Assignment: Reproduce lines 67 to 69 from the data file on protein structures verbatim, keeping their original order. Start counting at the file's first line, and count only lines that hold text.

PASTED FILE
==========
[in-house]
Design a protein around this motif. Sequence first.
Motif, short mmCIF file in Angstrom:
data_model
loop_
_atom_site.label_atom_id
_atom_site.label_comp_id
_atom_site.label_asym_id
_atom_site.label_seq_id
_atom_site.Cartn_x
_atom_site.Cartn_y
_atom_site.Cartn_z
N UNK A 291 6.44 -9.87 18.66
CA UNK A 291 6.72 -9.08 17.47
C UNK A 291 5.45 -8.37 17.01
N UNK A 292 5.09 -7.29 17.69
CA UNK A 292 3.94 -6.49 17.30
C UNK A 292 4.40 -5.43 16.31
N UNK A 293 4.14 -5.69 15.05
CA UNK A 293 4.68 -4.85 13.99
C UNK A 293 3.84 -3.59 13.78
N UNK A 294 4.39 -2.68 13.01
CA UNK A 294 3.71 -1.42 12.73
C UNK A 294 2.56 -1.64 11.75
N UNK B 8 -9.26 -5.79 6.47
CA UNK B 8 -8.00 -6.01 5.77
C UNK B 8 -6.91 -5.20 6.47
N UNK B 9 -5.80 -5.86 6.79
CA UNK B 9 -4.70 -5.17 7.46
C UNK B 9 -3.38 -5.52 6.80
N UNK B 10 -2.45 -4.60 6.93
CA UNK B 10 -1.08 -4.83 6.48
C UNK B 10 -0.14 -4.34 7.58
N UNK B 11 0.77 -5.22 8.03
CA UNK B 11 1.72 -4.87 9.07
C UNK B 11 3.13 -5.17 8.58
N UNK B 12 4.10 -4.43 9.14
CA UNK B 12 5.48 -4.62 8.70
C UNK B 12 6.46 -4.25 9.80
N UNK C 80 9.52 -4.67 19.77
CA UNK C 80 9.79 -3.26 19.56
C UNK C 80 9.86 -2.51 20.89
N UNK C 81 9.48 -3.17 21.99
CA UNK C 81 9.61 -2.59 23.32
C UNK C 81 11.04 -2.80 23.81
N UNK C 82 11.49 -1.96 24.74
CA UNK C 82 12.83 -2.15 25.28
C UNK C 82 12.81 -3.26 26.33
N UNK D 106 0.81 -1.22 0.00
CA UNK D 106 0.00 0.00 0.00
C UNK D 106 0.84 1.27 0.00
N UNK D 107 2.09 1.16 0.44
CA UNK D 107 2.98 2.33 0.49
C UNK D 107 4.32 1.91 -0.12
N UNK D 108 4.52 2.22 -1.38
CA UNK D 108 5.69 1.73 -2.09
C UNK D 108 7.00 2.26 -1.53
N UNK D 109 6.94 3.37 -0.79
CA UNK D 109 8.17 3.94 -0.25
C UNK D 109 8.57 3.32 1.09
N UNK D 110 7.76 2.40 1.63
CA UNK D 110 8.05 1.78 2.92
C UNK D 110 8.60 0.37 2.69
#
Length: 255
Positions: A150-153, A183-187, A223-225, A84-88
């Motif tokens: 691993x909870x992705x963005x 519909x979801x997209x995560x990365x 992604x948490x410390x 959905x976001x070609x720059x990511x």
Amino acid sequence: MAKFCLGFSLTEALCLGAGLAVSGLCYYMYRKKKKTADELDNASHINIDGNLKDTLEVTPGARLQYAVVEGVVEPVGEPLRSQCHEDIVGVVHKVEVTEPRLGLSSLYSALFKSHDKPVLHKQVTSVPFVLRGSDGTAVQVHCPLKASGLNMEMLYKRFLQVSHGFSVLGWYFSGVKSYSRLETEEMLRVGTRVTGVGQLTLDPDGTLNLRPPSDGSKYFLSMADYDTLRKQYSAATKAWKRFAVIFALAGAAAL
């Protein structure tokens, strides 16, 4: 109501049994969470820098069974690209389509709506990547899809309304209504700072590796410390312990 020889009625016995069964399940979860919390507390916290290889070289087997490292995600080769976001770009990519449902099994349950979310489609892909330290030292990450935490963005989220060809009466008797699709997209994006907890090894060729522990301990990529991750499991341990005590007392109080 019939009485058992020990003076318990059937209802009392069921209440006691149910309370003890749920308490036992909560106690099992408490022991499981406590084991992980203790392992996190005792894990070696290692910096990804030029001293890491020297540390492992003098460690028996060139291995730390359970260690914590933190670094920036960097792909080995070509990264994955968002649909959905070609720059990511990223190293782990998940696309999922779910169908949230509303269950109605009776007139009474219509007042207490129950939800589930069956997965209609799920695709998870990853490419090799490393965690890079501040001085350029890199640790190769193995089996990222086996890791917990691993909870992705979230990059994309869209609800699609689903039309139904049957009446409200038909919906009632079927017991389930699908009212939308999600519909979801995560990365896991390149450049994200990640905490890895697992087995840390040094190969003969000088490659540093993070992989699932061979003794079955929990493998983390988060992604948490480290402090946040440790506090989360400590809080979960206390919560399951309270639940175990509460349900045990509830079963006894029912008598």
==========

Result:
């Motif tokens: 691993x909870x992705x963005x 519909x979801x997209x995560x990365x 992604x948490x410390x 959905x976001x070609x720059x990511x």
Amino acid sequence: MAKFCLGFSLTEALCLGAGLAVSGLCYYMYRKKKKTADELDNASHINIDGNLKDTLEVTPGARLQYAVVEGVVEPVGEPLRSQCHEDIVGVVHKVEVTEPRLGLSSLYSALFKSHDKPVLHKQVTSVPFVLRGSDGTAVQVHCPLKASGLNMEMLYKRFLQVSHGFSVLGWYFSGVKSYSRLETEEMLRVGTRVTGVGQLTLDPDGTLNLRPPSDGSKYFLSMADYDTLRKQYSAATKAWKRFAVIFALAGAAAL
């Protein structure tokens, strides 16, 4: 109501049994969470820098069974690209389509709506990547899809309304209504700072590796410390312990 020889009625016995069964399940979860919390507390916290290889070289087997490292995600080769976001770009990519449902099994349950979310489609892909330290030292990450935490963005989220060809009466008797699709997209994006907890090894060729522990301990990529991750499991341990005590007392109080 019939009485058992020990003076318990059937209802009392069921209440006691149910309370003890749920308490036992909560106690099992408490022991499981406590084991992980203790392992996190005792894990070696290692910096990804030029001293890491020297540390492992003098460690028996060139291995730390359970260690914590933190670094920036960097792909080995070509990264994955968002649909959905070609720059990511990223190293782990998940696309999922779910169908949230509303269950109605009776007139009474219509007042207490129950939800589930069956997965209609799920695709998870990853490419090799490393965690890079501040001085350029890199640790190769193995089996990222086996890791917990691993909870992705979230990059994309869209609800699609689903039309139904049957009446409200038909919906009632079927017991389930699908009212939308999600519909979801995560990365896991390149450049994200990640905490890895697992087995840390040094190969003969000088490659540093993070992989699932061979003794079955929990493998983390988060992604948490480290402090946040440790506090989360400590809080979960206390919560399951309270639940175990509460349900045990509830079963006894029912008598």